Politics, World, Europe

Italy supports need to reform UN Security Council

A reformed council is needed that can guarantee a fairer geographical distribution of seats, says Giorgia Meloni

Burak Bir  | 21.09.2023 - Update : 21.09.2023
Italy supports need to reform UN Security Council


Italy’s premier has added her voice to calls to reform the UN Security Council to make it "more representative, transparent, and effective."

Speaking at the annual UN General Assembly in New York on Thursday, Giorgia Meloni called for a "council that can guarantee a fairer geographical distribution of seats, and that can strengthen regional representation as well."

Pointing out that the current Security Council was established in another century, under the shadow of a conflict that ended 80 years ago – World War II – she said a reformed structure would allow everyone an opportunity to demonstrate their worth.

Numerous speakers at the current General Assembly have pushed for reforms to the Security Council, including Turkish President Recep Tayyip Erdogan and Antonio Guterres, the UN secretary-general.

Touching on the instability in Africa caused by long periods of drought and the effects of climate change, Meloni said the continent now is faced with a situation compounded by food insecurity as a result of the war in Ukraine.

She went on to say that this chaos produces tens of millions of people in search of better living conditions, as well as criminal networks that profit from desperation to collect billions.

"They are the traffickers of human beings that organized the trade of illegal mass immigration. They deceive those who rely on them to migrate to find a better life, having them pay thousands of dollars for trips to Europe they sell with brochures as if they were regular travel agencies."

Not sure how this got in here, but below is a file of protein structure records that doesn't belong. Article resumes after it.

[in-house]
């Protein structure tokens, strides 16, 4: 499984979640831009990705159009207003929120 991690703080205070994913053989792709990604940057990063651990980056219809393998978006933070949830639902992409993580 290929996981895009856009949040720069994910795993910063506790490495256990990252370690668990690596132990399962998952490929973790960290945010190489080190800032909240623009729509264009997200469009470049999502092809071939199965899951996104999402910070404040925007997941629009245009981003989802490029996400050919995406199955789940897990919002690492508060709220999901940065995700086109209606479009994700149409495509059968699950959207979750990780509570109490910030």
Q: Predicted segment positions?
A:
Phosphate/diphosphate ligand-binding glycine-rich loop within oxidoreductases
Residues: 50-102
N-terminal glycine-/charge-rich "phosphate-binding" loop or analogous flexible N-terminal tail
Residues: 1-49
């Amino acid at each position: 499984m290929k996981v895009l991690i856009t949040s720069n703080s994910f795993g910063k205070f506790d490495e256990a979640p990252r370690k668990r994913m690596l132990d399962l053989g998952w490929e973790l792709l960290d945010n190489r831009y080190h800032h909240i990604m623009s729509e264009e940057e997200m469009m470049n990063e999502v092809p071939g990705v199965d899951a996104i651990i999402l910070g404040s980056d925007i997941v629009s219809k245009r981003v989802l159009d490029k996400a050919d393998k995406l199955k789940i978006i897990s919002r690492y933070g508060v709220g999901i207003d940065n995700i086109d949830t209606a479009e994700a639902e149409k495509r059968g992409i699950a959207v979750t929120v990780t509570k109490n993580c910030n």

"But those brochures don't tell you that those trips all too often can lead to death to a grave at the bottom of the Mediterranean Sea," she added.

Last week the eyes of the world were on the tiny Italian island of Lampedusa – just 193 kilometers (120) miles from Tunisia, closer than it is to Italy – which became overwhelmed with migrants coming from North Africa.

Meloni went on to say that the fight against organized crime should be an objective that "unites us all," stating that today "there is no other criminal activity in the world today is more lucrative than the trafficking of migrants."

Speaking of slavery, she said: "Can the UN tolerate its comeback under other forms, that the commercialization of human life continues, that there are women brought to Europe, forced into prostitution to repay the enormous debt they incur with their traffickers?”

Meloni also pushed back at the notion that Africa is not a poor continent, saying it is actually rich with strategic resources.

"It has been often and still is an exploited continent. Too often the interventions of foreign nations on the continent have not respected local realities. Often the approach was predatory," she said, adding that this must change.

Highlighting the need for cooperation between equals when it comes to Africa, she said, "Africa needs no charity," but argued instead for strategic investments on mutually beneficial projects that can tie its futures together with others.

"In this way, we can offer a serious alternative to the phenomenon of mass migration … that is work, training opportunities for nations of origin, and pathways for legal and agreed migration," she added.

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